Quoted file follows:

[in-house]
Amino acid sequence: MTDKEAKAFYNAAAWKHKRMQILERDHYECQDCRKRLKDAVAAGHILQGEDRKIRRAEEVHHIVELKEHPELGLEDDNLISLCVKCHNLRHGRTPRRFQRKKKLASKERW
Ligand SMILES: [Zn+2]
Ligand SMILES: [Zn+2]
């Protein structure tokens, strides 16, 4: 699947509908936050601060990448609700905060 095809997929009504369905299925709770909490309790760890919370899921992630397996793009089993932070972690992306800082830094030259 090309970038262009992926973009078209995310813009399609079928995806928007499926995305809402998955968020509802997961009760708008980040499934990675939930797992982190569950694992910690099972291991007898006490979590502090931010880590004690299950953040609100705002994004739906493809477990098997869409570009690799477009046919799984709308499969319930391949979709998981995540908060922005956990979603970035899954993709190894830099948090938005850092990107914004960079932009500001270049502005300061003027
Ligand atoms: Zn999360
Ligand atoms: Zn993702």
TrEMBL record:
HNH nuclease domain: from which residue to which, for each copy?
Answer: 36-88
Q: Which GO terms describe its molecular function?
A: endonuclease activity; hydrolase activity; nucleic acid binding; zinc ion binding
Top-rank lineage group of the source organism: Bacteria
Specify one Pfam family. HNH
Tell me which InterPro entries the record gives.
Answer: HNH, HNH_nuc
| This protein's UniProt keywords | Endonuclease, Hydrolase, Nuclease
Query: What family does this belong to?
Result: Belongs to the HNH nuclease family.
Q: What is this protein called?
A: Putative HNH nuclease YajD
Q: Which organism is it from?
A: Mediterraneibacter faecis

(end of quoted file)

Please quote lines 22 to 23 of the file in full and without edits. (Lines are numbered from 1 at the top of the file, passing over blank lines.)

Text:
Q: Which organism is it from?
A: Mediterraneibacter faecis